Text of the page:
It was a case of third time lucky for American Mark Wilson when he booked his long-awaited debut at the U.S. Masters with a two-shot victory at the Sony Open on Sunday. 

Although Wilson had triumphed twice before on the PGA Tour, neither of those successes had earned him a cherished spot at Augusta National in the first of the year's four majors.

Masters organisers did not automatically invite all Tour winners when he made his breakthrough at the 2007 Honda Classic while his follow-up came at the 2009 Mayakoba Golf Classic, an opposite-field event to the WGC-Accenture Match Play Championship.

Believe me, I looked at the fine print on that one and made sure, Wilson, 36, told reporters after hearing he had finally secured his place at the Masters.

I thought it was a calendar year when they first announced it (for Tour winners) and I was really excited (in 2007), but no, it was from Masters to Masters so I didn't get in.

Then I won Mayakoba and all my friends thought I was in but opposite events (to the WGC) don't get you in. Everyone keeps asking: 'How can you get in, how can you get in?' I'm thrilled to put that on the schedule now.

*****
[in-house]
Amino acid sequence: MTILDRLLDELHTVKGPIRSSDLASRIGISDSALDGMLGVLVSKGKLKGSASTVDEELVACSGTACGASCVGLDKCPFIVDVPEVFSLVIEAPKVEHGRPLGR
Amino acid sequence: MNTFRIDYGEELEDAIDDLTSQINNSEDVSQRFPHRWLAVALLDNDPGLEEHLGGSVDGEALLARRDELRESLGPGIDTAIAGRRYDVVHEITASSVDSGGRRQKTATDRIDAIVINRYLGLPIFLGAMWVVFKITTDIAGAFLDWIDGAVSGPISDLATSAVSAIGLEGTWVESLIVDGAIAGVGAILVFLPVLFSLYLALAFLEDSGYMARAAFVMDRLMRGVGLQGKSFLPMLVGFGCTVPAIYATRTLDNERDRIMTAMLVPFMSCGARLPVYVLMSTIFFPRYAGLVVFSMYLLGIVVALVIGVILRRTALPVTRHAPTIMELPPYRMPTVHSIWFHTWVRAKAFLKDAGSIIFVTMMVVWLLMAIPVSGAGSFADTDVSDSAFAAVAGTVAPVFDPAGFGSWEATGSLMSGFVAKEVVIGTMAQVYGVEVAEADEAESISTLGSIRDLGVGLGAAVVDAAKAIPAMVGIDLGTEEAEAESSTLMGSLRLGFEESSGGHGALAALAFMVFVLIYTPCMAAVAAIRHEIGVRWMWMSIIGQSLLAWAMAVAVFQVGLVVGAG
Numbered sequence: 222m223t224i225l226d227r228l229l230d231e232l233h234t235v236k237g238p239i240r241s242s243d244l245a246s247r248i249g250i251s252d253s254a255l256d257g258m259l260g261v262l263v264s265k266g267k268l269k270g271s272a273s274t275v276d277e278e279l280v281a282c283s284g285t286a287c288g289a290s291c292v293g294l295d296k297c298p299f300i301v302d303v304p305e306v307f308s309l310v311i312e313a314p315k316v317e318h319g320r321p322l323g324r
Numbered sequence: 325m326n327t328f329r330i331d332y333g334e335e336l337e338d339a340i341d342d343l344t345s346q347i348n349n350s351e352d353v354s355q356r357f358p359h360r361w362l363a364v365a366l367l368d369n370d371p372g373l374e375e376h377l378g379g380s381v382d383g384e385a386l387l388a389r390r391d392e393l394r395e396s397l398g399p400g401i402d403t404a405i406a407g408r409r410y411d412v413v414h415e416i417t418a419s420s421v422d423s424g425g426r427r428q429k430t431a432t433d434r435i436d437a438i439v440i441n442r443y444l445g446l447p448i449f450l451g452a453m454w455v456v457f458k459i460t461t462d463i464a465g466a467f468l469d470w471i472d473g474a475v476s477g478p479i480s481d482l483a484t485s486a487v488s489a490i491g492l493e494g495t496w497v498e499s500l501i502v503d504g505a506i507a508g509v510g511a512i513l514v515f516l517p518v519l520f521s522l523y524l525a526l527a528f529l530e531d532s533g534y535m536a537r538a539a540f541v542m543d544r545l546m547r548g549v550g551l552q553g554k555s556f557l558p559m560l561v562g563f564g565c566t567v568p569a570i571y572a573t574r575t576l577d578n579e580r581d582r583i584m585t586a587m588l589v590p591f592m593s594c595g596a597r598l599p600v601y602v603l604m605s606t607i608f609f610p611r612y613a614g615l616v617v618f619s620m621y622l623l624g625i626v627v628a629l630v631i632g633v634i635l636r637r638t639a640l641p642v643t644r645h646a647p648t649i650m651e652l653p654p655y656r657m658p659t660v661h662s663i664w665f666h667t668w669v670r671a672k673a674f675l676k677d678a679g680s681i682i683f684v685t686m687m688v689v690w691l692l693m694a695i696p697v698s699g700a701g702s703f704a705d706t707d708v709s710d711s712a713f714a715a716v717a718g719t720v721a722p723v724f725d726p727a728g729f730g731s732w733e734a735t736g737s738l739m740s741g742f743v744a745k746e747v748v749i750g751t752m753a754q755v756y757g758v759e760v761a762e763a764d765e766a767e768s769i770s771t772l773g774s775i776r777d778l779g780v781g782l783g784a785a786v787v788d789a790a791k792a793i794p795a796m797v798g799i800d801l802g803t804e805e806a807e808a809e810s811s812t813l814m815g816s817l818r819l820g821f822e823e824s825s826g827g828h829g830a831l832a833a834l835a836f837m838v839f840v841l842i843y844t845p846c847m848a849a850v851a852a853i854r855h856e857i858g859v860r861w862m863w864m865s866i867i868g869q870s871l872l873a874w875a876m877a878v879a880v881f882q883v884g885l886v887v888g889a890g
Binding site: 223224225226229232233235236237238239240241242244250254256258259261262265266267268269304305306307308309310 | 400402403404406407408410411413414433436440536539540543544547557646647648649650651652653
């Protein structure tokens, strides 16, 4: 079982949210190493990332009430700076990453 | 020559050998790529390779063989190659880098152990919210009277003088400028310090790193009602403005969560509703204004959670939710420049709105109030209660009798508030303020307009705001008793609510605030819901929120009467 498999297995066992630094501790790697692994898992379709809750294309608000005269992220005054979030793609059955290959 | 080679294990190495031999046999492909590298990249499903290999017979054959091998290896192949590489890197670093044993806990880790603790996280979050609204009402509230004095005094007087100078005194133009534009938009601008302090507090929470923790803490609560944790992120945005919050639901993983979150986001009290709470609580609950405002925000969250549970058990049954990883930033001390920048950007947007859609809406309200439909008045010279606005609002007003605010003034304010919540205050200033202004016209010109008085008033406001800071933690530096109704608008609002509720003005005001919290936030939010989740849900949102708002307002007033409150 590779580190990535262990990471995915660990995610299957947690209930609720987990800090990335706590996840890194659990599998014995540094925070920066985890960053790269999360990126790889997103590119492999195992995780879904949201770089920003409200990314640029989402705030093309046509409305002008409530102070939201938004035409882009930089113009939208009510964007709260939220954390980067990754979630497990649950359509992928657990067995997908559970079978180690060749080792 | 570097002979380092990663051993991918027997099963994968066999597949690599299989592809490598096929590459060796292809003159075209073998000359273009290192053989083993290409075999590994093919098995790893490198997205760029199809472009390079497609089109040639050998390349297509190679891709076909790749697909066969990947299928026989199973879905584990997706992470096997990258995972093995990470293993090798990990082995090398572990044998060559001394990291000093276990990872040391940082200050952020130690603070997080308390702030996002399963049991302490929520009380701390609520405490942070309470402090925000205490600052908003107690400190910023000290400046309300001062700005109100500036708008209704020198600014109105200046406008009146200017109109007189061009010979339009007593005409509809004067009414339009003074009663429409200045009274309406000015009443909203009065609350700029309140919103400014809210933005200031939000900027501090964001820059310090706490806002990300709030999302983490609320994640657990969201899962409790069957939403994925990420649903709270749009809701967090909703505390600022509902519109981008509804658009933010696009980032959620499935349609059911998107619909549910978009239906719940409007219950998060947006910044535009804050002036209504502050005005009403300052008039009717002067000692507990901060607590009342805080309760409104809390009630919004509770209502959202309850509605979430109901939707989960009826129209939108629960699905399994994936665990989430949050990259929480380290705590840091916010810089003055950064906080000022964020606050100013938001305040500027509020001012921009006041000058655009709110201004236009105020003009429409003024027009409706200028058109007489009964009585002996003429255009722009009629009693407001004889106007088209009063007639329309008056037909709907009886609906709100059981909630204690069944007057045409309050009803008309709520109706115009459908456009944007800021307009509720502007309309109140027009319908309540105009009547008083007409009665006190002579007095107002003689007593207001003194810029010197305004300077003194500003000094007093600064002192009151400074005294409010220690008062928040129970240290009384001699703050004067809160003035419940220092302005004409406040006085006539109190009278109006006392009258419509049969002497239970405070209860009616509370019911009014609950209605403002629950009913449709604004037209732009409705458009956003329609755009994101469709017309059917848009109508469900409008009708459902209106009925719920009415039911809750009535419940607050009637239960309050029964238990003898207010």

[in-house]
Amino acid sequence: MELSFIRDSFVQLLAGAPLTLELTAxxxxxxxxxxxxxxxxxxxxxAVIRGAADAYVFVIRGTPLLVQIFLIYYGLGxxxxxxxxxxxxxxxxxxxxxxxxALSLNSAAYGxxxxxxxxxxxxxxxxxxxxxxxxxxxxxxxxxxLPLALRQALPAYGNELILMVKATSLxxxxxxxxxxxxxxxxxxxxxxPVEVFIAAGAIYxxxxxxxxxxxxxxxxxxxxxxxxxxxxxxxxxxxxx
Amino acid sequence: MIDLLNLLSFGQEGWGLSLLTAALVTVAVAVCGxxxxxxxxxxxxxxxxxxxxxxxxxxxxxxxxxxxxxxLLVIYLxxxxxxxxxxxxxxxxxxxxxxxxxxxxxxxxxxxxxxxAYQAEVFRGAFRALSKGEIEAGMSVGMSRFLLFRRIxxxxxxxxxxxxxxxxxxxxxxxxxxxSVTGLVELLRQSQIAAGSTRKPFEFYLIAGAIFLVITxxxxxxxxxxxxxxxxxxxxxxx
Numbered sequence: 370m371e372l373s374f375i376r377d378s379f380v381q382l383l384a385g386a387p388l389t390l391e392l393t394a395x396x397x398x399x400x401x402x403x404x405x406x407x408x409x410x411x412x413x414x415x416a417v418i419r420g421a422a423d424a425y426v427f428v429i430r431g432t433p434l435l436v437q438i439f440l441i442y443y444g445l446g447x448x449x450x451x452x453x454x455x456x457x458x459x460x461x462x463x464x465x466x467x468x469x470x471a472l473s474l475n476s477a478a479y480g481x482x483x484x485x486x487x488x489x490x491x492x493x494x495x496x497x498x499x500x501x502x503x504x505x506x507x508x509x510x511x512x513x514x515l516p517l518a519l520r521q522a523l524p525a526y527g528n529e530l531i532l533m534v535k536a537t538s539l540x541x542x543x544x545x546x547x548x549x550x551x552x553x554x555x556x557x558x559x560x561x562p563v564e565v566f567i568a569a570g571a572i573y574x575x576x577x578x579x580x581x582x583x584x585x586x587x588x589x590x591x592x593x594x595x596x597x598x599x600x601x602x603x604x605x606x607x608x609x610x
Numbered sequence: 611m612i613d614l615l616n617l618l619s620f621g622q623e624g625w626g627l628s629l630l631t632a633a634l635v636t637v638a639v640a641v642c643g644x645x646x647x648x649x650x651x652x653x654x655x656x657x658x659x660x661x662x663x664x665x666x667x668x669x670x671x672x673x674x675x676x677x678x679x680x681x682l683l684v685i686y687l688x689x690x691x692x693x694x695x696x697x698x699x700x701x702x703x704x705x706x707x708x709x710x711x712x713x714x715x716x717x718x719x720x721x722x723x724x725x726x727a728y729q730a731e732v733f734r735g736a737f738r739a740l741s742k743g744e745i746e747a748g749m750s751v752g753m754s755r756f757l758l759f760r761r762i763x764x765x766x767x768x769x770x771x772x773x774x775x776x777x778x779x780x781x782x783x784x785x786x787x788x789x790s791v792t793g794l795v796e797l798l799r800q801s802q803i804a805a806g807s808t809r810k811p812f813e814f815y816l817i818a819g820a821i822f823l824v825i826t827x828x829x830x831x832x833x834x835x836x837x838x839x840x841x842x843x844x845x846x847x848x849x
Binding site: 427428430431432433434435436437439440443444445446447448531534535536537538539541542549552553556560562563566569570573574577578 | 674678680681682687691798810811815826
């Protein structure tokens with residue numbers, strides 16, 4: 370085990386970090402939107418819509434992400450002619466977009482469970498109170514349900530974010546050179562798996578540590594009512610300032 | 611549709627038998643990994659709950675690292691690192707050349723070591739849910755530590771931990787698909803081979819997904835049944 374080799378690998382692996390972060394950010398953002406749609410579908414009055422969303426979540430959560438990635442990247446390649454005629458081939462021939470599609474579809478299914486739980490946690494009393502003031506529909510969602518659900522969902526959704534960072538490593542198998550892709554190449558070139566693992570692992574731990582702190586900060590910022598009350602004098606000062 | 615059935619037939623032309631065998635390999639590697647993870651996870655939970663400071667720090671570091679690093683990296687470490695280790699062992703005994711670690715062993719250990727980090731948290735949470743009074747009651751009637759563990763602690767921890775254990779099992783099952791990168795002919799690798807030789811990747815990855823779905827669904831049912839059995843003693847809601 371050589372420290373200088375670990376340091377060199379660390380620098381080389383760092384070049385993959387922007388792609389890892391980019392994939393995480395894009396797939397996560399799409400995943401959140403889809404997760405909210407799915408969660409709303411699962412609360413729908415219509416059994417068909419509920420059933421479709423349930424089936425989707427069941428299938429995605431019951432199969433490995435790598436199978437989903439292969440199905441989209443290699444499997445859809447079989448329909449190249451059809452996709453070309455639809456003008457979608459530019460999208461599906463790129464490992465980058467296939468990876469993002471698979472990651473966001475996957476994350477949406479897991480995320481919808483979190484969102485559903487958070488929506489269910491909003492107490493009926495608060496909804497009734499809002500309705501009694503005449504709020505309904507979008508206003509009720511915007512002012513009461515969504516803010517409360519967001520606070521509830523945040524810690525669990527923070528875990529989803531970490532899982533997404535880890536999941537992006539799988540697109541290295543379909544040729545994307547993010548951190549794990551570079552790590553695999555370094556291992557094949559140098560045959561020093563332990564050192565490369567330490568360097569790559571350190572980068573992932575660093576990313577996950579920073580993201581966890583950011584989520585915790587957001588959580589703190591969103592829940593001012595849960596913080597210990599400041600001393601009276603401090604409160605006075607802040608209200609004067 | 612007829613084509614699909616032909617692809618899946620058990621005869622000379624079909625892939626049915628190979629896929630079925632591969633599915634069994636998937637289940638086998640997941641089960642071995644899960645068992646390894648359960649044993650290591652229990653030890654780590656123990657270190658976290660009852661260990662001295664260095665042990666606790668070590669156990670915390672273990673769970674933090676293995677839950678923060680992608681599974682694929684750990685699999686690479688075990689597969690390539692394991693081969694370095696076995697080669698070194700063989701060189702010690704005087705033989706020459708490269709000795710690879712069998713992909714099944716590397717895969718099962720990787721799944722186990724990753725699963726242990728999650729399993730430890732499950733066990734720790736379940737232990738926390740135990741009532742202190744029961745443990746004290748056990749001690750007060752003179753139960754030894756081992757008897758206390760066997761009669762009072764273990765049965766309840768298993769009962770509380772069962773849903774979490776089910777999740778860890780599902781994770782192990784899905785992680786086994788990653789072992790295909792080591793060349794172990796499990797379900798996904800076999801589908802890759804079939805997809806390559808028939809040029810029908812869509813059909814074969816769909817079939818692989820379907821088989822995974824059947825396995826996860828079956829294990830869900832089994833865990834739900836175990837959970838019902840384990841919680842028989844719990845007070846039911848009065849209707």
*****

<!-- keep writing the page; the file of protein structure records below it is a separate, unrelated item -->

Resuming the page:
Wilson, who produced bogey-free golf on a marathon final day featuring 36 holes at Waialae Country Club, said he had been to Augusta National several times as a spectator -- but not since 2001.

I didn't want to go back until I was playing in the tournament, he added after shooting a three-under-par 67 in the final round of the rain-delayed Sony Open.

I'm anxious to play, but maybe a little scared about the length from what I've heard. Some of the shorter hitters talk about how it's kind of eliminated them from the field.

I get goose bumps just thinking about it to be honest with you. Part of me feels like I don't belong, so I'm going to have to get over that hurdle and be ready to play that week.

MASTERS ELITE

Asked why he felt he did not fully belong among the elite players at Augusta National, Wilson replied: It's going to be a new experience and I've never made the cut in a major.

I feel like that's the next step for me... playing well in majors and the next step after that is being part of the Ryder Cup and Presidents Cup teams. I'm ready to make that step, and this is a good start to it.

Wilson earned $990,000 for clinching his third PGA Tour title, a moment made even sweeter for him when his wife Amy ran out to embrace him on the 18th green.

It's the first time my wife has been with me for a win, Wilson said after holding off late birdie runs by fellow American Steve Marino and South Africa's Tim Clark in the final round.

So it was neat to see her run on the green on the last hole. This is one of my favorite courses of the year. You've got to hit it straight... and I'm just thrilled to be the champion.